A list of Natural Resources of California

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California is an abundant source of natural resources. A vast state, its many climates offer a variety of sources of food, energy and shelter which make California a friendly climate in which to thrive. Depending on your location in the state, the most abundant resource could be trees, grasses, wind, sun or water. Properly harnessed, these resources can save time and money by reducing consumption of electric energy.


Wind turbines near Palm Springs, CA.
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Wind power is abundant in California, especially in the far northeastern part of the state and in the southern mountain passes that lead to the desert near Palm Springs. Wind power is harnessed when winds turn a rotor on a windmill which is connected to a generator. According to "The Citizen Powered Energy Handbook" by Greg Pahl, the generator converts the wind power into electricity. The electricity can be used to immediately power electric appliances or it can be stored for later use.

Water Resources

Owens River near Lone Pine, CA.
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With an astounding number of rivers, streams, lakes and waterfalls, as well as a coast that stretches alongside the entire western border of the state, California is a hotspot for water resources. California occasionally experiences droughts during which excessive home water use is discouraged, which allows California to retain its vital water resources.


Shasta Dam with Mt. Shasta in the background
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With the rising cost of fossil-fuel based electricity, as well as the increasingly poor reputation of fossil fuels' pollution, hydropower is becoming a popular clean option for renewable electric energy. California employs some of its water resources to produce electricity. According to the California State Water Project, the nation's tallest hydropower dam is located in Oroville, a town in Northern California. The California State Water project maintains over 29 local reservoirs and was created to harness and preserve the precious water resources of California.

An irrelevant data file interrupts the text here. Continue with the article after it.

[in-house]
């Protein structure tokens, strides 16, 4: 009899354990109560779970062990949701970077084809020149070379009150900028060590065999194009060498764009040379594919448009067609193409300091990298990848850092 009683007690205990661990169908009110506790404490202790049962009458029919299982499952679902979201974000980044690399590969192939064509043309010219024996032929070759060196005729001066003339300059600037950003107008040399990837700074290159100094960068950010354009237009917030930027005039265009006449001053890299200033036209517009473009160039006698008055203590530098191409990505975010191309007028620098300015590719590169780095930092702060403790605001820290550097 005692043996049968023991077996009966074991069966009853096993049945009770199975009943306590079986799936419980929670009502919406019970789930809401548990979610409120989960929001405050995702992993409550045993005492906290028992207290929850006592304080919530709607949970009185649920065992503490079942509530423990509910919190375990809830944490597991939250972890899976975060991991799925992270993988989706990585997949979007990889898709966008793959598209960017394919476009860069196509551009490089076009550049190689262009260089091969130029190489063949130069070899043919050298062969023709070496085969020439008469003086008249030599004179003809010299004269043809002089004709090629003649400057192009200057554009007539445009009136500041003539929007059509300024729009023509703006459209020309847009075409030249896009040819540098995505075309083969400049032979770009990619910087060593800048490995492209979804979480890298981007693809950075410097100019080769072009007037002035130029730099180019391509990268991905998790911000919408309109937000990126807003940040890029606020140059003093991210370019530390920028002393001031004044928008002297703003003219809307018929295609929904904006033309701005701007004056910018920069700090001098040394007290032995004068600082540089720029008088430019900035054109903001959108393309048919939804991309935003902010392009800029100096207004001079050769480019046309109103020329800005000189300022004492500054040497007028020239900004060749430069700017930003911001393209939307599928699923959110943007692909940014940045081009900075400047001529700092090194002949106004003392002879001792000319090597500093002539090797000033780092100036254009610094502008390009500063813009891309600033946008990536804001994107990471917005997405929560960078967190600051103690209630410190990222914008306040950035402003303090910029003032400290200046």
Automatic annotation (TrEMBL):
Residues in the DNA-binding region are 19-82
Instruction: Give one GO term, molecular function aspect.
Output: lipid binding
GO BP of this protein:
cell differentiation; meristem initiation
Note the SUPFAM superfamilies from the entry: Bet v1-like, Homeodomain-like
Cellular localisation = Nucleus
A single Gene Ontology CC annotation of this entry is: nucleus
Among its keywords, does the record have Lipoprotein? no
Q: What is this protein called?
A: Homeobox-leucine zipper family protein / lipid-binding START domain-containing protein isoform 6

Oak trees in Merced County grassland, CA.
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California has vast fields of grasses, plants and trees. These plants can be used to grow food, to cultivate shade and to feed livestock. Though they can be a nuisance and present a severe fire hazard, grasses have an important part to play in the future of renewable energy. Grasses such as switchgrass grow quickly, burn hot,and can produce inexpensive heat energy when burned. According to Pahl, scientists theorize that switchgrass may be able to convert into fossil fuels like gasoline with the help of developing technology.


Solar panel array in the Mojave Desert, CA.
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Solar power is abundant in California. The residents of the southern part of the state bask and grow tan in the reliable sun which warms the cities and deserts of the state. Vast areas of open desert exist in California, and many of these desert areas have already begin to use solar panels to convert the solar heat until electricity. Though solar cells are already in use in California, the potential for solar energy as a source of electricity still has a lot of room to develop. Most of the energy consumed in California is produced by burning coal or natural gas.


  • The Citizen-Powered Energy Handbook; Pahl, Greg;
  • The Homeowner's Guide to Renewable Energy; Chiras, Dan; 2006

About the Author

Heather Bliss has been writing professionally since 1998, specializing in technology, computer repair, gardening, music and politics. Bliss holds an Associate of Arts in journalism from Moorpark College. She also has a Bachelor of Arts from California State University, San Marcos, completed with a focus on music and performing arts technology.

Photo Credits

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